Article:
> tarball?

They don't have to do anything.

>> Emacs core code may not depend on (bundled or non-bundled) GNU ELPA
>> packages unless they are ":core" packages; if that functionality is
>> required, the package must be moved to Emacs.
> Another unclear part.  The following questions arise, and I don't see
> any answers to them:
>   . how to know whether a package is ":core", and how to indicate that
>     it's ":core"? is the elpa-packages file the only place?

Yes, but it actually doesn't matter. A better way to say this is:

    Emacs core code may not depend on any code in the emacs/elpa

>   . "if that functionality is required, the package must be moved to
>     Emacs" -- what functionality is alluded to here, 

the functionality of some package.

>   and what does it mean "moved to Emacs"? 
>   does any part of the following description apply to such "moved to
>   Emacs" packages?

I don't describe that process. I'll add it.

>>    - A simple git clone/checkout of emacs.git master creates a
>>      workspace will all code required to build and run Emacs.
> What does this mean in practical terms?  

The command 'git clone <emacs.gi> --recurse-submodules' creates an Emacs
directory tree.

It's probably best to just delete this paragraph; that command is given

> Is this any change from the current situation, and if so, how? And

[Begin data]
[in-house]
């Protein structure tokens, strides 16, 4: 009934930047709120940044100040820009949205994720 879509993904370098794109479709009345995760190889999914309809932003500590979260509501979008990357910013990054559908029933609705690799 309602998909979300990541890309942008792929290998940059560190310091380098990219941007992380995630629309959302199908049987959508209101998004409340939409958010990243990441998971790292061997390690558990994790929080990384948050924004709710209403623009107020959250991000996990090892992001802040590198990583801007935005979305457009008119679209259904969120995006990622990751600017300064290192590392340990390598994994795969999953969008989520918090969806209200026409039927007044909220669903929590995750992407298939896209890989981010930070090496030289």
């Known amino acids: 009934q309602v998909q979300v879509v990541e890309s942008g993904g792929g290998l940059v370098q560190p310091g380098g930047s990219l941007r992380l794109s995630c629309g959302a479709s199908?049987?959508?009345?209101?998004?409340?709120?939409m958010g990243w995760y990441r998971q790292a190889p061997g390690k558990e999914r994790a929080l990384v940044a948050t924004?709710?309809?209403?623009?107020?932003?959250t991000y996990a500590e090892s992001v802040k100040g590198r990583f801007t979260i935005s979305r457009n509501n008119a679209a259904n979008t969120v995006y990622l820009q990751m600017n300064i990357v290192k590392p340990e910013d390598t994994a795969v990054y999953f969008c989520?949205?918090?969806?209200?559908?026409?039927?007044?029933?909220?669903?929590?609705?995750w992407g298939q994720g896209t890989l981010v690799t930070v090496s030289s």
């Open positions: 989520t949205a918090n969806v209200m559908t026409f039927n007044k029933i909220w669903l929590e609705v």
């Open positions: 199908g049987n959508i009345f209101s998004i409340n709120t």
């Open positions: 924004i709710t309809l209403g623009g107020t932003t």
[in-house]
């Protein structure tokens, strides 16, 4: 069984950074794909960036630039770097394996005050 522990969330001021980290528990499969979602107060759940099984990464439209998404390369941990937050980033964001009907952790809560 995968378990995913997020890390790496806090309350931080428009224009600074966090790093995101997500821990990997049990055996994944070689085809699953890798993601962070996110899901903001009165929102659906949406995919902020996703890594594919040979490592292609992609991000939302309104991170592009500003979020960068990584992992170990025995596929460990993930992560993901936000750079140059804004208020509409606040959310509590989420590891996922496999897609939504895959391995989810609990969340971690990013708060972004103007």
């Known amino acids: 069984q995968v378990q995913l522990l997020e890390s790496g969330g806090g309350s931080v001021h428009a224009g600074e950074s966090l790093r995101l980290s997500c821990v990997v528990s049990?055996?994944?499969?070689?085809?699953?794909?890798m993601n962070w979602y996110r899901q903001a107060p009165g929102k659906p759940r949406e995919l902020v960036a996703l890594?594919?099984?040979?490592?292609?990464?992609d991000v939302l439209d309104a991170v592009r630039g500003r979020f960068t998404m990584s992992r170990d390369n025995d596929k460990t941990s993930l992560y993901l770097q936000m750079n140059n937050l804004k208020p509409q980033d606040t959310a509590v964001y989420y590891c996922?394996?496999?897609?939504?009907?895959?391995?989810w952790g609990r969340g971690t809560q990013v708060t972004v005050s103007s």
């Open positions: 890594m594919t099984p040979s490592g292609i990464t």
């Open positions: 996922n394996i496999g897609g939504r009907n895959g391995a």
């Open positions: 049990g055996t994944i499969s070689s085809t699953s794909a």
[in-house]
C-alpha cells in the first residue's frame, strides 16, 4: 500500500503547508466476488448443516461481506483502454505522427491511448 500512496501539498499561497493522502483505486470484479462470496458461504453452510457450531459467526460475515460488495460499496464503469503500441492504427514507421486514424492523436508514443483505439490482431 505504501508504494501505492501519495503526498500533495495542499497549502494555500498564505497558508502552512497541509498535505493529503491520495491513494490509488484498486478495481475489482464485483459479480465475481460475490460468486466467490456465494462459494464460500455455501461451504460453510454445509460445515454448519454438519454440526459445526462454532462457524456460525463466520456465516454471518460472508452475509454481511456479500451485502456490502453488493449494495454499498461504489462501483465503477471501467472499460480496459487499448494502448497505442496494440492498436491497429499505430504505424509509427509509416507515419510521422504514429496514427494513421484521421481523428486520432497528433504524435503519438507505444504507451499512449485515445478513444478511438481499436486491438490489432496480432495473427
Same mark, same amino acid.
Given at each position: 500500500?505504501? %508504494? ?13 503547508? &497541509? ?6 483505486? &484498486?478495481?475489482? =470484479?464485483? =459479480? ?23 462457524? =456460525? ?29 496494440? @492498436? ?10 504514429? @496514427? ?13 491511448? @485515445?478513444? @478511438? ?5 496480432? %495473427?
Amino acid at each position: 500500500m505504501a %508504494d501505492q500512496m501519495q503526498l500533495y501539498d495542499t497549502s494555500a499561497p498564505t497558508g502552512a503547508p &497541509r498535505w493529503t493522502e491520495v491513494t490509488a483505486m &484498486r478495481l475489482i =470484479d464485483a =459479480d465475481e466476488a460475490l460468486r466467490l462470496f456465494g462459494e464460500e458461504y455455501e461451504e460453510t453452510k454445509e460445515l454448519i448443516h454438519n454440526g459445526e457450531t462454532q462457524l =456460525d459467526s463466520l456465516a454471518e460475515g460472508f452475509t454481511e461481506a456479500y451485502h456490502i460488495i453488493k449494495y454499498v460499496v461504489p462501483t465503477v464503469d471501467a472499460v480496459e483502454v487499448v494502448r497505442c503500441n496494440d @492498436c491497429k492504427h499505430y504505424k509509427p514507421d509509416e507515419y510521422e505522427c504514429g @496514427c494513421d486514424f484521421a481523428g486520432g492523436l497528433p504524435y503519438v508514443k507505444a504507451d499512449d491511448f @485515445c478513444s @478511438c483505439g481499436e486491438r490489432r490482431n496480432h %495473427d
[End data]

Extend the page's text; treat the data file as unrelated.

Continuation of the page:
> what is "workspace" in this context?

The only change is the addition of --recurse-submodules

By "workspace" I mean "emacs diretory tree".

>>    - Any ELPA package can be changed without affecting Emacs core.
> How is this related?  

It's a consequence of the rule "Emacs core code cannot depend on ELPA packages"

> What changes to ELPA packages and in what location (on Savannah, on my
> local clone of elpa.git, in my clone of emacs.git, something else?)

Any; that's the point.

> will not "affect Emacs core", and what does "affect" mean in this
> context?

The normal English meaning; no byte compile errors, no change in behavior.

>> For single file packages, the file can simply be in both elpa.git and
>> emacs.git master. 

Stefan Monnier: I think this is incorrect; there is no copy in elpa.git?
For example, 'cl-print' is a :core package, but there is no
externals/cl-print branch, and no file 'cl-print' in the master branch.
It appears that elpaa--core-package-sync links the file to a checkout
(on the ELPA web server) of the emacs.git repository. And that it can
handle directories.

>> The package is marked ":core" in the ELPA >> "elpa-packages" file.
>> For example, eldoc and flymake are :core >> packages.
> So to know whether a package is ":core", one must look in the local
> clone of elpa.git?  


> What if there's no local clone of elpa.git: does it mean Emacs (and
> package.el specifically) won't know whether a package is ":core"? 


> does that matter?


The Emacs directory tree contains a copy of the package file (in
emacs/lisp/...). The ELPA admin code makes that available as a package
that can be installed via package.el. The package maintainer can release